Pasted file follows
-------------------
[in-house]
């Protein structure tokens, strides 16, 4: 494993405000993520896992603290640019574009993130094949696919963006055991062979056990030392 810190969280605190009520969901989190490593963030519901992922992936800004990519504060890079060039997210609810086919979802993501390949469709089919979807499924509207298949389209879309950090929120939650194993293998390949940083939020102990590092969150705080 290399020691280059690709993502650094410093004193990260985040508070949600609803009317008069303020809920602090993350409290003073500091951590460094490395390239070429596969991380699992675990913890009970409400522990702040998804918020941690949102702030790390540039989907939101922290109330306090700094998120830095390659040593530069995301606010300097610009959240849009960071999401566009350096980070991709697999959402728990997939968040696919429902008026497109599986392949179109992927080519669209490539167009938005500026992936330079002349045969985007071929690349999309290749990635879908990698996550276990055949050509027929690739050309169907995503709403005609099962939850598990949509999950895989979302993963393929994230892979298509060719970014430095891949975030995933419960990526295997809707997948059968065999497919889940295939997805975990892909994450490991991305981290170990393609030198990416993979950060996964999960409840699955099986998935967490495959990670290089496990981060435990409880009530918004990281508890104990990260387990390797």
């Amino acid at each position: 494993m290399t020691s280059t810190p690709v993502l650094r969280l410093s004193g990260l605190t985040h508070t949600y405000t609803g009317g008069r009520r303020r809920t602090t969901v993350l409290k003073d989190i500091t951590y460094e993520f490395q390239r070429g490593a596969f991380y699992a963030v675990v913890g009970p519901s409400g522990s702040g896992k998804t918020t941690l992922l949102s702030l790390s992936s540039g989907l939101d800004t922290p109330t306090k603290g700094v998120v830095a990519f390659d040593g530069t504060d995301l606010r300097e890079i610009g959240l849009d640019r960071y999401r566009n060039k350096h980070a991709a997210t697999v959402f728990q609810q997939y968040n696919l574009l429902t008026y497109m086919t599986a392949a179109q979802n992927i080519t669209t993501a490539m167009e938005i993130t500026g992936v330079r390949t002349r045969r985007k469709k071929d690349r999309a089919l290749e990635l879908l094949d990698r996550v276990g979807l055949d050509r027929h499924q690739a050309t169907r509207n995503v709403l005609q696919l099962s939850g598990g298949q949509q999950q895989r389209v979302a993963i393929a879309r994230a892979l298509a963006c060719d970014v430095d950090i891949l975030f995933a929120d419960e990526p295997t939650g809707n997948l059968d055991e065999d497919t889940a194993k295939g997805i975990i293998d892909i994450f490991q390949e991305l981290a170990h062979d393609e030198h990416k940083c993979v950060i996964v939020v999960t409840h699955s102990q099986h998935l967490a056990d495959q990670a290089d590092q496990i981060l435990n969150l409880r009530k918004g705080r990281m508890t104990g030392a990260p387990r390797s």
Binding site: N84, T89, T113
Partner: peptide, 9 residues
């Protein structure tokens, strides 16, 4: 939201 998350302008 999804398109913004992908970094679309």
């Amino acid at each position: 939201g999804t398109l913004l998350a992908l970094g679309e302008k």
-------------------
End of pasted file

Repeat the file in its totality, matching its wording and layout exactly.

[in-house]
């Protein structure tokens, strides 16, 4: 494993405000993520896992603290640019574009993130094949696919963006055991062979056990030392 810190969280605190009520969901989190490593963030519901992922992936800004990519504060890079060039997210609810086919979802993501390949469709089919979807499924509207298949389209879309950090929120939650194993293998390949940083939020102990590092969150705080 290399020691280059690709993502650094410093004193990260985040508070949600609803009317008069303020809920602090993350409290003073500091951590460094490395390239070429596969991380699992675990913890009970409400522990702040998804918020941690949102702030790390540039989907939101922290109330306090700094998120830095390659040593530069995301606010300097610009959240849009960071999401566009350096980070991709697999959402728990997939968040696919429902008026497109599986392949179109992927080519669209490539167009938005500026992936330079002349045969985007071929690349999309290749990635879908990698996550276990055949050509027929690739050309169907995503709403005609099962939850598990949509999950895989979302993963393929994230892979298509060719970014430095891949975030995933419960990526295997809707997948059968065999497919889940295939997805975990892909994450490991991305981290170990393609030198990416993979950060996964999960409840699955099986998935967490495959990670290089496990981060435990409880009530918004990281508890104990990260387990390797």
């Amino acid at each position: 494993m290399t020691s280059t810190p690709v993502l650094r969280l410093s004193g990260l605190t985040h508070t949600y405000t609803g009317g008069r009520r303020r809920t602090t969901v993350l409290k003073d989190i500091t951590y460094e993520f490395q390239r070429g490593a596969f991380y699992a963030v675990v913890g009970p519901s409400g522990s702040g896992k998804t918020t941690l992922l949102s702030l790390s992936s540039g989907l939101d800004t922290p109330t306090k603290g700094v998120v830095a990519f390659d040593g530069t504060d995301l606010r300097e890079i610009g959240l849009d640019r960071y999401r566009n060039k350096h980070a991709a997210t697999v959402f728990q609810q997939y968040n696919l574009l429902t008026y497109m086919t599986a392949a179109q979802n992927i080519t669209t993501a490539m167009e938005i993130t500026g992936v330079r390949t002349r045969r985007k469709k071929d690349r999309a089919l290749e990635l879908l094949d990698r996550v276990g979807l055949d050509r027929h499924q690739a050309t169907r509207n995503v709403l005609q696919l099962s939850g598990g298949q949509q999950q895989r389209v979302a993963i393929a879309r994230a892979l298509a963006c060719d970014v430095d950090i891949l975030f995933a929120d419960e990526p295997t939650g809707n997948l059968d055991e065999d497919t889940a194993k295939g997805i975990i293998d892909i994450f490991q390949e991305l981290a170990h062979d393609e030198h990416k940083c993979v950060i996964v939020v999960t409840h699955s102990q099986h998935l967490a056990d495959q990670a290089d590092q496990i981060l435990n969150l409880r009530k918004g705080r990281m508890t104990g030392a990260p387990r390797s």
Binding site: N84, T89, T113
Partner: peptide, 9 residues
């Protein structure tokens, strides 16, 4: 939201 998350302008 999804398109913004992908970094679309």
């Amino acid at each position: 939201g999804t398109l913004l998350a992908l970094g679309e302008k």